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  • Publication Date: 09-2015
  • Content Type: Working Paper
  • Institution: International Crisis Group
  • Abstract: Crisis in the Central African Republic (CAR) is longterm and characterised by sporadic surges of violence against a backdrop of state disintegration, a survival economy and deep inter-ethnic cleavages. Armed groups (including the anti-balaka and the ex-Seleka) are fragmenting and becoming increasingly criminalised; intercommunal tensions have hampered efforts to promote CAR’s national unity and mend its social fabric. Unfortunately, the roadmap to end the crisis, which includes elections before the end of 2015, presents a short-term answer. To avoid pursuing a strategy that would merely postpone addressing critical challenges until after the polls, CAR’s transitional authorities and international partners should address them now by implementing a comprehensive disarmament policy, and reaffirming that Muslims belong within the nation. If this does not happen, the elections risk becoming a zero-sum game.
  • Topic: Political Violence, Arms Control and Proliferation, Democratization, Ethnic Conflict, Political Economy, Fragile/Failed State
  • Political Geography: Africa
  • Publication Date: 12-2014
  • Content Type: Working Paper
  • Institution: International Crisis Group
  • Abstract: In the midst of the Ebola crisis, Guinea is preparing for the presidential election due in 2015. The exact election date is just one of many points being contested by the government and opposition. The political debate is increasingly held along ethnic lines, rallying the vast majority of the Malinké behind President Alpha Condé's coalition and the Peul behind former Prime Minister Cellou Dalein Diallo's alliance. Violent protests around elections in 2012 and 2013, with highly contested results, brought both sides to the negotiating table, but the July 2014 talks about a future electoral framework quickly failed, marking the parties' deep suspicion and unwillingness to compromise. A highly flawed judiciary adds to the climate of uncertainty and the government is reluctant to listen to calls for a new round of dialogue and international mediation. In its latest briefing, Guinea's Other Emergency: Organising Elections, the International Crisis Group outlines the steps that should be taken to ensure peaceful elections.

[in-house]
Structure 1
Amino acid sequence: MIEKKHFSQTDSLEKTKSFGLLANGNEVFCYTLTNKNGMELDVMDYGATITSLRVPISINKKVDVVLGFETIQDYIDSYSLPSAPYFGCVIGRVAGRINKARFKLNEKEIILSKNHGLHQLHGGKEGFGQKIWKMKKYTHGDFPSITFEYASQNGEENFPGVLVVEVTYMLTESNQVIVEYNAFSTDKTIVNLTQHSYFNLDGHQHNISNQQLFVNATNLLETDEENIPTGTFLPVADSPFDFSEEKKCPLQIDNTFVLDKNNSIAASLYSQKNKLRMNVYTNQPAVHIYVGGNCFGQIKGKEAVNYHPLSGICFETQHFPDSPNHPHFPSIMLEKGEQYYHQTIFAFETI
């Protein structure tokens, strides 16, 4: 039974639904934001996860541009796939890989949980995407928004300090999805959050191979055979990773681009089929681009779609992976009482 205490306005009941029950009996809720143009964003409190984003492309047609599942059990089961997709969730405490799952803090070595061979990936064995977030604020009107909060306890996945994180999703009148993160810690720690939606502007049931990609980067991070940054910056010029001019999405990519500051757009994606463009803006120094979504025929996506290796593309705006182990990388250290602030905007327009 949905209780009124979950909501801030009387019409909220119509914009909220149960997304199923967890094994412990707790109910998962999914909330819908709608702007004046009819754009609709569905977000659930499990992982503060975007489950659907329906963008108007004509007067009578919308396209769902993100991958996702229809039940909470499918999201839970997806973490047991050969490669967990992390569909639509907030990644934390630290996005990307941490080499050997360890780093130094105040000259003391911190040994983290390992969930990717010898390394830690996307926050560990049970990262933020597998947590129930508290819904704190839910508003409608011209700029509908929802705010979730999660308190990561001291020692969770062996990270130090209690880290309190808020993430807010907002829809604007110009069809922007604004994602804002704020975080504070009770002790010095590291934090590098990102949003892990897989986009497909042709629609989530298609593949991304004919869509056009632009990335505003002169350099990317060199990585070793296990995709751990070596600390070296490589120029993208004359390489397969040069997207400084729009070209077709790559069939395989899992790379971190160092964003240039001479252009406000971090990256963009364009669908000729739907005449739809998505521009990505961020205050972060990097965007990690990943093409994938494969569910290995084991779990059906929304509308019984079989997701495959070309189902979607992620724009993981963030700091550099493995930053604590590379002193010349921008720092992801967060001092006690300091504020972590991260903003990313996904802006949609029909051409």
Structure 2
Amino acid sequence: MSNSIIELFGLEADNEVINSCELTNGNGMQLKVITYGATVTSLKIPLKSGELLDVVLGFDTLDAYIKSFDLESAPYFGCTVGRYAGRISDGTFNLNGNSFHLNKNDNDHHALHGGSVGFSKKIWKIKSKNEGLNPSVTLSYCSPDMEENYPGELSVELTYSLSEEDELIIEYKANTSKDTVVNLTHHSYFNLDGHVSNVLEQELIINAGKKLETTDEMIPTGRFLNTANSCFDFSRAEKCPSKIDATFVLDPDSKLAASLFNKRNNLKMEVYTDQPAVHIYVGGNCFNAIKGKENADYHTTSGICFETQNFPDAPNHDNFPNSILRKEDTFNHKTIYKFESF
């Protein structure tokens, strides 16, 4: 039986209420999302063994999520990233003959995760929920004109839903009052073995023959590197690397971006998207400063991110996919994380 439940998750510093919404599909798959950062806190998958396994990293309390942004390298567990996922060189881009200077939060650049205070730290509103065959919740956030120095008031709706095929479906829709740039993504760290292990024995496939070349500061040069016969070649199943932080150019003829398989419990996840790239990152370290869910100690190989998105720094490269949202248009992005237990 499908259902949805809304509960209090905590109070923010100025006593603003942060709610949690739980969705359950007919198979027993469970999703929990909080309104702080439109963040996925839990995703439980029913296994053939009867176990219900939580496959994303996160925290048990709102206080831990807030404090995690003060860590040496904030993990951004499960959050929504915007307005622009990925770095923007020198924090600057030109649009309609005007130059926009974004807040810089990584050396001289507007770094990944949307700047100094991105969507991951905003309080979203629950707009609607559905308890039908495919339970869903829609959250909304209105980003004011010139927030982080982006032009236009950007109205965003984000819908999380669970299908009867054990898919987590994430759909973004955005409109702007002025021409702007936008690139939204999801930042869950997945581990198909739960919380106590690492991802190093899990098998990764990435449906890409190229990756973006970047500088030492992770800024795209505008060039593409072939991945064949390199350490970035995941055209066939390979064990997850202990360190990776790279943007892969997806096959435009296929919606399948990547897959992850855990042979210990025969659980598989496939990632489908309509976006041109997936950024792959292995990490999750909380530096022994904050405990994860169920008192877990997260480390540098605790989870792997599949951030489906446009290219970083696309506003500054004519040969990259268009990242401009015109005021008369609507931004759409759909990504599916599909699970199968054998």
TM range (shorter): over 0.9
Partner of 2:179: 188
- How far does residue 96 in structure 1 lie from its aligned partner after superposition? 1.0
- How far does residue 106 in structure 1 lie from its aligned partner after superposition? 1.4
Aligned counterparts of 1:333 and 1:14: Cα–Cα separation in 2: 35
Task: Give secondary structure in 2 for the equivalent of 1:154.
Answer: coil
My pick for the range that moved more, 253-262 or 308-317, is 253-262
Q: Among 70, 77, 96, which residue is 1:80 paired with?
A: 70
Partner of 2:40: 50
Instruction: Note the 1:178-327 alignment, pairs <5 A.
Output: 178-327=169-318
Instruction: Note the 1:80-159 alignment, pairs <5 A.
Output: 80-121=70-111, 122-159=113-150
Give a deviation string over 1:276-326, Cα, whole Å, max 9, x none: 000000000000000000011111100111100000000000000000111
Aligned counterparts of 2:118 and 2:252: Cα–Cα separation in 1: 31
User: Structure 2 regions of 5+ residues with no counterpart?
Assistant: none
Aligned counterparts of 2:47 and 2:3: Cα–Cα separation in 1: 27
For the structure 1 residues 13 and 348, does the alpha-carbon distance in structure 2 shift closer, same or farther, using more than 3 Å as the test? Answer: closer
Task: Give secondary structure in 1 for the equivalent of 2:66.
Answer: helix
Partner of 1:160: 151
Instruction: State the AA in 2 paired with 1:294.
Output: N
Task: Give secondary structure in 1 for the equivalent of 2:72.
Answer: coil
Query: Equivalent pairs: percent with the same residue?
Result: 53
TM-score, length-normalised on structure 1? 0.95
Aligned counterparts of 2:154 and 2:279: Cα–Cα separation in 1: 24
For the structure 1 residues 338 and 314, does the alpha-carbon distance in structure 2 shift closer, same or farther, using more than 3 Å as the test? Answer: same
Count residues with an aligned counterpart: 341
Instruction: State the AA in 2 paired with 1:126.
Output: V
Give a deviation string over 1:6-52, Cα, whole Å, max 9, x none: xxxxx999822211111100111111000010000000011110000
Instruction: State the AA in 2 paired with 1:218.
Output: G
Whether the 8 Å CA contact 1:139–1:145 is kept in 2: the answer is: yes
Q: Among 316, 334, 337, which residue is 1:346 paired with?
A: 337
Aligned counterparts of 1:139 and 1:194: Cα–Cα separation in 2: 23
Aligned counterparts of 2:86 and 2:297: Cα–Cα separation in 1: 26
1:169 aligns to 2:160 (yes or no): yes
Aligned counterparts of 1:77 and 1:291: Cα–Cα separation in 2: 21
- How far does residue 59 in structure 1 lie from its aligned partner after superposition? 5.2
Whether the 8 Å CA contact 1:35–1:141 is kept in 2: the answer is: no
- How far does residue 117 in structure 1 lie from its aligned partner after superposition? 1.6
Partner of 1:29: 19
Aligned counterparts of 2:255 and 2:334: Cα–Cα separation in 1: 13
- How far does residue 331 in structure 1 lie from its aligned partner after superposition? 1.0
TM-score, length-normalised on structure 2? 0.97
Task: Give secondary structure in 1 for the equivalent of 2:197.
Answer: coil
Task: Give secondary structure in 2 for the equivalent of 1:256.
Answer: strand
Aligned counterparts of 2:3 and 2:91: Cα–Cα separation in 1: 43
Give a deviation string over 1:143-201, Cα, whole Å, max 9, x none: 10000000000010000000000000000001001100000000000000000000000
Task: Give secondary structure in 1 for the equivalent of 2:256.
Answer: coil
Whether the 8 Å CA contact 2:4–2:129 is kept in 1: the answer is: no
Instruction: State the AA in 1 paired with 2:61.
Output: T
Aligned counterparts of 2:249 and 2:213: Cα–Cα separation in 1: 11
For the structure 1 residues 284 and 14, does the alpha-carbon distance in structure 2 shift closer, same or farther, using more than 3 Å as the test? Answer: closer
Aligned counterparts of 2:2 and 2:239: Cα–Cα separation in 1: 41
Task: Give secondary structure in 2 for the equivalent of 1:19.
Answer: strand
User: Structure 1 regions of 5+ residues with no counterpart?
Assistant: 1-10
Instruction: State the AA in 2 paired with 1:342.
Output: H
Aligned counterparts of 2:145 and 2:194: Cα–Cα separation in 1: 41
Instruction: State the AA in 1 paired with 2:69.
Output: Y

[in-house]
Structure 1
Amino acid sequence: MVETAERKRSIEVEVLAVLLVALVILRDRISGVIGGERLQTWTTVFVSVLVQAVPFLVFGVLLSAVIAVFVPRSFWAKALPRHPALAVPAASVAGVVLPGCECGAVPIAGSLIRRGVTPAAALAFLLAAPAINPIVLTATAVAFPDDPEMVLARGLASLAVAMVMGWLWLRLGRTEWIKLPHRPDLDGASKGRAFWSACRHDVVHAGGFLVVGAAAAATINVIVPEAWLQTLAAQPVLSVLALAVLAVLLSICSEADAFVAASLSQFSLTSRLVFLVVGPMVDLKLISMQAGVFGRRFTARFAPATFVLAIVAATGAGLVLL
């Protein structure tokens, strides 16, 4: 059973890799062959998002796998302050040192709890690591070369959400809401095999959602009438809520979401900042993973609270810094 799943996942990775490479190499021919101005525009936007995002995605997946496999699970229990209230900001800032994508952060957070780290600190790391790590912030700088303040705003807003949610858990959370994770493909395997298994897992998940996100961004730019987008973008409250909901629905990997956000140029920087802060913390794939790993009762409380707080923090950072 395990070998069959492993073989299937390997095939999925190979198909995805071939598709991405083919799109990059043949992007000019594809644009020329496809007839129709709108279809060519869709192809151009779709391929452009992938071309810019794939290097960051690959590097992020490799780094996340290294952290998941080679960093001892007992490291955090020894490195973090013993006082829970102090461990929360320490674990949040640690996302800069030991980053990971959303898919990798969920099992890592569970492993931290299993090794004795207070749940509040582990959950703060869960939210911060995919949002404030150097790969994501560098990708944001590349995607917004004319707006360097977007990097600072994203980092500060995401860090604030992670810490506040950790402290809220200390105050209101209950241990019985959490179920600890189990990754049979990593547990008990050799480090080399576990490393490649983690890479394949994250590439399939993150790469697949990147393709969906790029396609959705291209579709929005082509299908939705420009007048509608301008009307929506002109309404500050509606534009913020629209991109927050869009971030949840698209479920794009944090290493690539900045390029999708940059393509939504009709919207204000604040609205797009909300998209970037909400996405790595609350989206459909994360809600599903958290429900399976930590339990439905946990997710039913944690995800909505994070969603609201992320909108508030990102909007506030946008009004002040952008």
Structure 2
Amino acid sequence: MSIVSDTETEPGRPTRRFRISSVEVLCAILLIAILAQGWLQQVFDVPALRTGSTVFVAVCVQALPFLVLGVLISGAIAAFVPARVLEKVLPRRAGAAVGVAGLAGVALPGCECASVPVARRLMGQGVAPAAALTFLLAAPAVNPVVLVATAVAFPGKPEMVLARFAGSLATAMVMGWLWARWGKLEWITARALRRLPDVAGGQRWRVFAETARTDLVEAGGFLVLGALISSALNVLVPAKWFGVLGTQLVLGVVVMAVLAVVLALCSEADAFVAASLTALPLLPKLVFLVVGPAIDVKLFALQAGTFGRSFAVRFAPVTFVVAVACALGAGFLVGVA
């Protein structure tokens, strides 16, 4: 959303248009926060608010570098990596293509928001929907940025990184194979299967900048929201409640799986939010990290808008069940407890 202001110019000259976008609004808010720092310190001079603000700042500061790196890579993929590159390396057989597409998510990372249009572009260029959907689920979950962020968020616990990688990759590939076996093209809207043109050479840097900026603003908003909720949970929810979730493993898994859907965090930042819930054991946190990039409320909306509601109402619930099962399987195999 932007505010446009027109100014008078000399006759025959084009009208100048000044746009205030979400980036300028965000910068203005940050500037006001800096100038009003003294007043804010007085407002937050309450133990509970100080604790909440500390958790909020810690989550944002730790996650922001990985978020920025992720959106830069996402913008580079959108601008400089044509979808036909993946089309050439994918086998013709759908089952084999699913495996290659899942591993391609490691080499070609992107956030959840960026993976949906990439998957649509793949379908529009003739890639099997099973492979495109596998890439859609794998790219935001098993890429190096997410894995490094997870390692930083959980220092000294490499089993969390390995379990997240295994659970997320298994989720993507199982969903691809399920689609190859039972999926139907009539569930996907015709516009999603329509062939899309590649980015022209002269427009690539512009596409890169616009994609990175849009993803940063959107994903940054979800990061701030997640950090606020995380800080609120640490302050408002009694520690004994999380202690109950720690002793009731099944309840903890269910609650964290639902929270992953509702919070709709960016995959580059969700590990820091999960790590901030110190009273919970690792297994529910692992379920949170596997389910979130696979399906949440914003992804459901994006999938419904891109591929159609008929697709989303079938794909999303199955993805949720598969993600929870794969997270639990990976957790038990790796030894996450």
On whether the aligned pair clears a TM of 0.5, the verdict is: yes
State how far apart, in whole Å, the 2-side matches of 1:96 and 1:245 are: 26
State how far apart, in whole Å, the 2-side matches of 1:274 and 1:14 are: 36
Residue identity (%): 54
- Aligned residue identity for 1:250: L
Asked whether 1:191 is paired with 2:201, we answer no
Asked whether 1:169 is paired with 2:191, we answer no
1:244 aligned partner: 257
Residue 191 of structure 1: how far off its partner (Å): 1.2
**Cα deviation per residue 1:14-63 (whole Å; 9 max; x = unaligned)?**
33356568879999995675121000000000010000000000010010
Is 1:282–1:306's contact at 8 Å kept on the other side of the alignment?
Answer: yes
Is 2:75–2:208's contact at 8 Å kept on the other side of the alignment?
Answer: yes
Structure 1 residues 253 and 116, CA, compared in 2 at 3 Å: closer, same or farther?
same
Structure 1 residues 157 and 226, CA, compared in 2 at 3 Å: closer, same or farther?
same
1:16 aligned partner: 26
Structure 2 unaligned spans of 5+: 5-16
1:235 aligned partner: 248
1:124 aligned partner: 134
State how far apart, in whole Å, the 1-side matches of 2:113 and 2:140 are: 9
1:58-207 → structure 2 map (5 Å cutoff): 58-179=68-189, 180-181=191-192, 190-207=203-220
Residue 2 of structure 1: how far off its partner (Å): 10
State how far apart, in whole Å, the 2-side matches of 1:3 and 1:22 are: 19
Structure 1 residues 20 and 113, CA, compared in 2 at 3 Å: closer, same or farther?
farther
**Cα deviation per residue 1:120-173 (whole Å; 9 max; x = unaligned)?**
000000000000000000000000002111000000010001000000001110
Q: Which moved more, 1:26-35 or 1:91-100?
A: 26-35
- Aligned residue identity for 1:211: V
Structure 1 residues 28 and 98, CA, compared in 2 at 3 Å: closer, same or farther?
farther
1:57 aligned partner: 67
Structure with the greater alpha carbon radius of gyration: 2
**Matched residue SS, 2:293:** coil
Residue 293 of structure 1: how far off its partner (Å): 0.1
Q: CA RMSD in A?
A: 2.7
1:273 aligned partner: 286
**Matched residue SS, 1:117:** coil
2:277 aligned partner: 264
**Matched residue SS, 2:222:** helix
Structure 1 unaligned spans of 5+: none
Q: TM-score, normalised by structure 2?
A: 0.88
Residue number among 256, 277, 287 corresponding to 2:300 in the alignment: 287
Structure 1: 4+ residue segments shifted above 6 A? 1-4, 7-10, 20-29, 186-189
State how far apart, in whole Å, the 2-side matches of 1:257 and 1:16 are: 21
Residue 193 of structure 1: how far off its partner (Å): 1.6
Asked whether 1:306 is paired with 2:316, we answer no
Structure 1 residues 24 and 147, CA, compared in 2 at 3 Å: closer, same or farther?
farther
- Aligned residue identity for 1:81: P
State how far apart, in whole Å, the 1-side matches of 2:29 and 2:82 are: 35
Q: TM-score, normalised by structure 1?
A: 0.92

• Topic: Ethnic Conflict, Ethnic Government, Political Power Sharing, Self Determination
  • Political Geography: Africa, Guinea
  • Publication Date: 07-2012
  • Content Type: Working Paper
  • Institution: International Crisis Group
  • Abstract: Although it should provide development opportunities, renewed oil interest in the Democratic Republic of the Congo (DRC) represents a real threat to stability in a still vulnerable post-conflict country. Exploration has begun, but oil prospecting is nurturing old resentments among local communities and contributing to border tensions with neighbouring countries. If oil reserves are confirmed in the east, this would exacerbate deep-rooted conflict dynamics in the Kivus. An upsurge in fighting since the start of 2012, including the emergence of a new rebellion in North Kivu and the resumption of armed groups' territorial expansion, has further complicated stability in the east, which is the new focus for oil exploration. New oil reserves could also create new centres of power and question Katanga's (DRC's traditional economic hub) political influence. Preventive action is needed to turn a real threat to stability into a genuine development opportunity.
  • Topic: Conflict Resolution, Political Violence, Development, Ethnic Conflict, Oil
  • Political Geography: Africa, Democratic Republic of the Congo
  • Publication Date: 12-2012
  • Content Type: Working Paper
  • Institution: International Crisis Group